• compare your plant’s symptoms to the warning signs outlined above to determine potential root causes.

• once you’ve identified the possible cause(s), research what steps to take next or consult a knowledgeable professional to help you address the issue.

Correctly identifying the root cause of your corn plant’s damage is the first step in saving it. With careful attention and prompt action, your corn plant will thrive again in no time.

How to save a dying corn plant

Treatment Options For Dying Corn Plants

Corn plants are an ideal addition to gardens and landscapes, adding a soothing green texture and providing a nutritious harvest. However, caring for a corn plant can be a challenging task, especially if it starts dying. If you’re noticing that your prized corn plant is starting to wither, don’t despair.

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There are many treatment options available to save it. In this post, we’ll explore some quick fixes and long-term solutions to revive your dying corn plant.

Quick Fixes For Saving A Near-Dead Corn Plant: Over Or Underwatering, Fungal Or Bacterial Infection

Over Or Underwatering

If your corn plant is dying due to over or underwatering, you must act promptly.

  • Check the soil moisture using a moisture meter or your fingers.
  • If you find that the soil is too dry, water the plant immediately. Make sure you water it thoroughly until the water runs out of the drainage holes.
  • If the soil is too wet, stop watering the plant and let the soil dry out for a few days.
  • Always remember to water your corn plant using room temperature water.

Fungal Or Bacterial Infection

If your corn plant is suffering from a fungal or bacterial infection, the following quick fixes can help:

  • Remove the infected leaves using a sharp, disinfected knife or scissors.
  • Isolate the infected plant from other plants to prevent the further spread of the disease.
  • Use a fungicide or bactericide to treat the infected plant. Make sure you follow the instructions on the label carefully.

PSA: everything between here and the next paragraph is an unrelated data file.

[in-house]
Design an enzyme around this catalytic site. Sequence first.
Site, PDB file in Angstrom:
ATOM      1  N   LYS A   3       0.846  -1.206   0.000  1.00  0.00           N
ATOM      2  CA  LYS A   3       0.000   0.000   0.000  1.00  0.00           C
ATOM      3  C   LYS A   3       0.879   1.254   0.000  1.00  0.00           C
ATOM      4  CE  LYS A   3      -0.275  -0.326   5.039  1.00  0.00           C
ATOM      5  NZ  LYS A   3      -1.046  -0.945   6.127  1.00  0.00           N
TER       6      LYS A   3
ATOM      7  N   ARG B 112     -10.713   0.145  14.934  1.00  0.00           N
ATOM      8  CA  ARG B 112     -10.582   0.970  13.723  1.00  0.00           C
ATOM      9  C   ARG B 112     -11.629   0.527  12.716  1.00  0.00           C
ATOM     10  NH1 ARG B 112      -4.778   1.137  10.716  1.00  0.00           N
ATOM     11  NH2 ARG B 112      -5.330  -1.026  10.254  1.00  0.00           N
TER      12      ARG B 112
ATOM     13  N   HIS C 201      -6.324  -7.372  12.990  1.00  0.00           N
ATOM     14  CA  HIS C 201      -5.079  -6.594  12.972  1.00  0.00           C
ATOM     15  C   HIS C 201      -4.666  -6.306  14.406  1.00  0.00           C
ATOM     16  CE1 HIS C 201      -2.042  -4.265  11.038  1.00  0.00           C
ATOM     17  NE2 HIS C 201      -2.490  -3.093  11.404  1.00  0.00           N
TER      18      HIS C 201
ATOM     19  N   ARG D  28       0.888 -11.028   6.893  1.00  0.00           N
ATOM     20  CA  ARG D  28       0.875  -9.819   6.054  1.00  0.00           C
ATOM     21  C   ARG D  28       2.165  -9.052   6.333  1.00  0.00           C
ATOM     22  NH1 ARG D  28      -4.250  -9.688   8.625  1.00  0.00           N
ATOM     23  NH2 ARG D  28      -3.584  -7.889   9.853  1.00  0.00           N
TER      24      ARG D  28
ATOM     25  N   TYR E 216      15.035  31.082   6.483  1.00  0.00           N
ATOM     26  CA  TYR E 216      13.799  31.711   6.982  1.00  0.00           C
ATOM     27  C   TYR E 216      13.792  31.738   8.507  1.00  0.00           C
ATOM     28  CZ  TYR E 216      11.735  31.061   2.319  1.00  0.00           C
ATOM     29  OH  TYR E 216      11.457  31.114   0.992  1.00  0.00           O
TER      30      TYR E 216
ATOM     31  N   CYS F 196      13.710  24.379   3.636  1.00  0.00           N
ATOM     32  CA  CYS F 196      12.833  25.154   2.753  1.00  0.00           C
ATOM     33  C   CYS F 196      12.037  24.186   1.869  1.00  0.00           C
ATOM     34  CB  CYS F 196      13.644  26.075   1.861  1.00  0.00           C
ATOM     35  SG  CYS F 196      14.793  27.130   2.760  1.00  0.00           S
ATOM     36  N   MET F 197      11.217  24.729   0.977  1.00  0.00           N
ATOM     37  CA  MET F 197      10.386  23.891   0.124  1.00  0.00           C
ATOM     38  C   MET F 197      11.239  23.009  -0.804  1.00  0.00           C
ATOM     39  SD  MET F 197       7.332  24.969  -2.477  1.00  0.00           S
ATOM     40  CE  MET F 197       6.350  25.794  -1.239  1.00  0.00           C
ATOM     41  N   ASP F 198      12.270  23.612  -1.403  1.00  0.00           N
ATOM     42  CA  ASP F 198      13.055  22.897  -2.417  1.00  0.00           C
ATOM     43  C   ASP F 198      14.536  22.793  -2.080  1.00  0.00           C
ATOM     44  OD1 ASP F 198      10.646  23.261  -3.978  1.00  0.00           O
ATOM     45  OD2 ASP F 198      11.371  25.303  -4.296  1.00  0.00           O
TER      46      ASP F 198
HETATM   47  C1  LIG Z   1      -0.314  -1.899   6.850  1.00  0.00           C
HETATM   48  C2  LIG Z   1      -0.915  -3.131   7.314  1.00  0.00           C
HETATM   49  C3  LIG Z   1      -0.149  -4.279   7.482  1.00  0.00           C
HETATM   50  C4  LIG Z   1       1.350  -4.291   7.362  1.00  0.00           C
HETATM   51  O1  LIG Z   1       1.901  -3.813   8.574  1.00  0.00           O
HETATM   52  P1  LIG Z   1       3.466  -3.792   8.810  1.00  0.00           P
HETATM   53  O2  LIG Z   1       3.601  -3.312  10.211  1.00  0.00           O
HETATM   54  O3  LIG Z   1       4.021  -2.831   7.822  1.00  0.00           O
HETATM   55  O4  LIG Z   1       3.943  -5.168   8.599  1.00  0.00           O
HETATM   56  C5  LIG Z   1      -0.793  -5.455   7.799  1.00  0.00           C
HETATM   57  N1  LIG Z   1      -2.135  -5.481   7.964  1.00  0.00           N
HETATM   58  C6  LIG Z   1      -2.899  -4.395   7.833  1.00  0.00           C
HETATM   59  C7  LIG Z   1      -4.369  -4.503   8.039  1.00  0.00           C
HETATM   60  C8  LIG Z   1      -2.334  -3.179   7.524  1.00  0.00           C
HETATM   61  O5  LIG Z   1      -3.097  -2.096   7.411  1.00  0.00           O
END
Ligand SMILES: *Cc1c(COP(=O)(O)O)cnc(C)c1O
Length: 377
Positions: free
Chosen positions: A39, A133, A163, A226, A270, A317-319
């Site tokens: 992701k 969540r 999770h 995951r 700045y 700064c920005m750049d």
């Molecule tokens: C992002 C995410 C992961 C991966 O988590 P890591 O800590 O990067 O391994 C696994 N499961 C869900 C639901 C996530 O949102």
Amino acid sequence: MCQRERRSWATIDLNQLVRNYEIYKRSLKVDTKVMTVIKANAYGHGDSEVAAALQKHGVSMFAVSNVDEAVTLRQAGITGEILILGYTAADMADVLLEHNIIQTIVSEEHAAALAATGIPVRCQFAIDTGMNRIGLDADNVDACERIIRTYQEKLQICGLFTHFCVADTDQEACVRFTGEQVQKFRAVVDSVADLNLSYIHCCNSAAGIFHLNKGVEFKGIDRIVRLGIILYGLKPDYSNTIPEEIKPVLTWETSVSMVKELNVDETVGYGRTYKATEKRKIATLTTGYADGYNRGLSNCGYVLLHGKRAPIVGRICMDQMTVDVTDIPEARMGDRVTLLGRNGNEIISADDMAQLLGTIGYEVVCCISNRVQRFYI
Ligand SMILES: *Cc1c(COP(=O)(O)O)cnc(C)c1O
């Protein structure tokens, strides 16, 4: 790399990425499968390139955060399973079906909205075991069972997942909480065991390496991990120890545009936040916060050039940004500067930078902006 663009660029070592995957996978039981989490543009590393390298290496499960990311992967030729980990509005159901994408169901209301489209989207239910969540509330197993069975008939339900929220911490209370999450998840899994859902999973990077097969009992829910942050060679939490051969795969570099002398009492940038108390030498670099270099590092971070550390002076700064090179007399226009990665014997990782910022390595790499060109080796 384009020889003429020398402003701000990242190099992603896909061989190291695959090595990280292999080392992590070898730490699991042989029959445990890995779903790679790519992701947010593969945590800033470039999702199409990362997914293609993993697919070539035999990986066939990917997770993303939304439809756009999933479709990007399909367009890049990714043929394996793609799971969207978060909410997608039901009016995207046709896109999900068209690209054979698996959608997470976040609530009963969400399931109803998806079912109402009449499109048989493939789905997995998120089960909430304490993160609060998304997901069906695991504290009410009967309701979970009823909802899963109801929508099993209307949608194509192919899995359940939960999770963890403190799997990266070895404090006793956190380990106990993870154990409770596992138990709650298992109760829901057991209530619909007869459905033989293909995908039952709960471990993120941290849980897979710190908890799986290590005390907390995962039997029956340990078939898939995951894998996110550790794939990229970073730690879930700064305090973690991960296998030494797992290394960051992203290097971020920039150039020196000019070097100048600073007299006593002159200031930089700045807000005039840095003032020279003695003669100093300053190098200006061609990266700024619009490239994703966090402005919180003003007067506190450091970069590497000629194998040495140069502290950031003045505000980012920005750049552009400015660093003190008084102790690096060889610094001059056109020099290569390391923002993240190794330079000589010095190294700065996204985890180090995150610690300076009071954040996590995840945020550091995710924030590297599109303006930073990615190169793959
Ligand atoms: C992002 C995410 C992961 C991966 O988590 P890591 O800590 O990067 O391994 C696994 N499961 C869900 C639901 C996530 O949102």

Long-Term Solutions For Saving A Corn Plant: Introduction Of Beneficial Insects, Managing Watering Schedule, Using Natural Remedies To Improve Soil

Introduction Of Beneficial Insects

One of the most effective long-term solutions to save your corn plant from dying is introducing beneficial insects to your garden. These insects play a crucial role in pollinating flowers, predating on harmful pests, and fertilizing the soil.

  • Ladybugs
  • Lacewings
  • Parasitic wasps
  • Hoverflies

To introduce beneficial insects to your garden, you can purchase them online or from a local gardening store. Alternatively, you can create a welcoming habitat by planting flowers and herbs that attract them.

Managing Watering Schedule

Managing your corn plant’s watering schedule is essential to its survival.

  • Water your corn plant only when the top inch of soil feels dry.
  • Water it deeply, allowing the water to penetrate the soil.
  • Avoid getting water on the leaves or flowers, as this can lead to fungal and bacterial infections.

Using Natural Remedies To Improve Soil

Using natural remedies to improve your soil is an eco-friendly way to save your corn plant from dying.

  • Apply compost to the soil to improve its structure and fertility.
  • Use organic fertilizers such as bone meal, blood meal, and fish emulsion.
  • Add epsom salt to the soil to provide essential minerals to the plant.

By following these long-term solutions, you can help your corn plant thrive and flourish.